Conor McGregor’s best work has almost unfailingly happened on the counter. Just because his opponents were the ones with their backs to the cage, does not mean that McGregor initiated the majority of the exchanges. In both the Jose Aldo and Eddie Alvarez knockouts, Conor waited for his opponents to commit to their punches before catching them leaning in with his rocket of a left hand. Even before the UFC, as we can see from his fight with Ivan Buchinger, McGregor’s bread and butter involved pressuring opponents into the cage, before evading a few of their punches and then cracking them on the counter with his left. What makes McGregor good is not the complexity of his meta-game, but rather the simplicity of it, and his mastery over the skills needed to execute it. However, we have seen Conor wilt under pressure when he cannot execute this game. Nate Diaz put a hurting on Conor when he was able to deny McGregor his ability to pressure. Chad Mendes, before he wilted, was able to give Conor serious trouble by executing takedowns when he was pressured. Even in his second fight with Diaz, which McGregor won by a close decision, Conor found himself having to jog away from Diaz in order to avoid getting overwhelmed. Despite that, he was caught in a nasty position in the third round against the cage, where many foes of the elder Diaz brother, Nick, met their end. Had Nate Diaz been able to fix Conor in place, there is little doubt he could have pressured Conor for the finish.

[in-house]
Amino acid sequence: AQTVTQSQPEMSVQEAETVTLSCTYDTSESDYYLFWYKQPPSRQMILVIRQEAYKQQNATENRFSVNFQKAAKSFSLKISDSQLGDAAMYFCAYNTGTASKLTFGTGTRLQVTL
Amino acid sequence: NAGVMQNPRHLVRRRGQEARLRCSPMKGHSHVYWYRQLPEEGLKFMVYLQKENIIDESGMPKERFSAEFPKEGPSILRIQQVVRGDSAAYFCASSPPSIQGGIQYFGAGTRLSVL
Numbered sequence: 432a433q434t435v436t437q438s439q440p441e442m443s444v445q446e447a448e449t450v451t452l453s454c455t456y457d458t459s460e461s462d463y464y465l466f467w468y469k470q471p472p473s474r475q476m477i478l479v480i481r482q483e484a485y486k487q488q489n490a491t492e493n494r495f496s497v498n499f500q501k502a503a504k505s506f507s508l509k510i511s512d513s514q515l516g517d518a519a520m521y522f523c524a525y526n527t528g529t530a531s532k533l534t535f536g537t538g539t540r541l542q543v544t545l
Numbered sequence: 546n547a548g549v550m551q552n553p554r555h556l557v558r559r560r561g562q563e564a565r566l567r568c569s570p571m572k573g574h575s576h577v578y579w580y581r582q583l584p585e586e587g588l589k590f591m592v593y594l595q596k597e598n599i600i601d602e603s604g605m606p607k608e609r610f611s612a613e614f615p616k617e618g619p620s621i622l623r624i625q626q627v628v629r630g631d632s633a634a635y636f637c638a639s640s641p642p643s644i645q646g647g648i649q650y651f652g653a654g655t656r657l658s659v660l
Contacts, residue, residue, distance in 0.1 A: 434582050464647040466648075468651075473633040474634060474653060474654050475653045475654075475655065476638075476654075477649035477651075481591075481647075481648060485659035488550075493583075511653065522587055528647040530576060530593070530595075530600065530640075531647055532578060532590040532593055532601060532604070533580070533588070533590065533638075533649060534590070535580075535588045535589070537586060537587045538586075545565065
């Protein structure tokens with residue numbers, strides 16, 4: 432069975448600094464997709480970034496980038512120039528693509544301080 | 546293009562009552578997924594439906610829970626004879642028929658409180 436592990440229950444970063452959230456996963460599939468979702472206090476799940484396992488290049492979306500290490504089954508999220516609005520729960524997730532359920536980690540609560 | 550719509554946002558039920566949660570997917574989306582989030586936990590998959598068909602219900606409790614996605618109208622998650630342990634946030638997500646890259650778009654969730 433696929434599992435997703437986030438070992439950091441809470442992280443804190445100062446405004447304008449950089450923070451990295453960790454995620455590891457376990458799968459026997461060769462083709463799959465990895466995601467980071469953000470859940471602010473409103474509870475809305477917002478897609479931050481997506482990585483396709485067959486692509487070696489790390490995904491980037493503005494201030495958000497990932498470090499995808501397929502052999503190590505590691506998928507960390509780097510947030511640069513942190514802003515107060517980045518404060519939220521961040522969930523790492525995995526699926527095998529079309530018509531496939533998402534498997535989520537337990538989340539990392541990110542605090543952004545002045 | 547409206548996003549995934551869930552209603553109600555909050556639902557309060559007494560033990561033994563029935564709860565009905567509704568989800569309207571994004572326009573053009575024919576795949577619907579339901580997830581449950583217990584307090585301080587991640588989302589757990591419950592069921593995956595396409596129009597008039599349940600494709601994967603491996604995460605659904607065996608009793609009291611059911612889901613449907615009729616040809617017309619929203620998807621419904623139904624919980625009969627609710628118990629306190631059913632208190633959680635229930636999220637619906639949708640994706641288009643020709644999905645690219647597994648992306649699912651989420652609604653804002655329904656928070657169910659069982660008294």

In the ring with Floyd, Conor may find himself unable to pressure his opponent, given Floyd’s defensive prowess and Conor’s lack of kicking opportunity. This means that Floyd will have the opportunity to pressure Conor, and if he wins exchanges on the counter, the smaller ring offers far less of a chance for McGregor to keep his back off the ropes. Floyd will not make the same cage-cutting mistakes that Diaz did in his second fight, and could easily find himself with a timid Conor on the ropes in front of him. In this case, McGregor will be hard pressed to get himself off the cage and back into the fight.

The x-factor, as it always is with McGregor, is KO power. However, the boxing glove, when compared to the UFC glove, is designed to cause less knockouts. Furthermore, Floyd has remained lucid through his last 49 fights, and I am unconvinced he is not going to start taking naps now.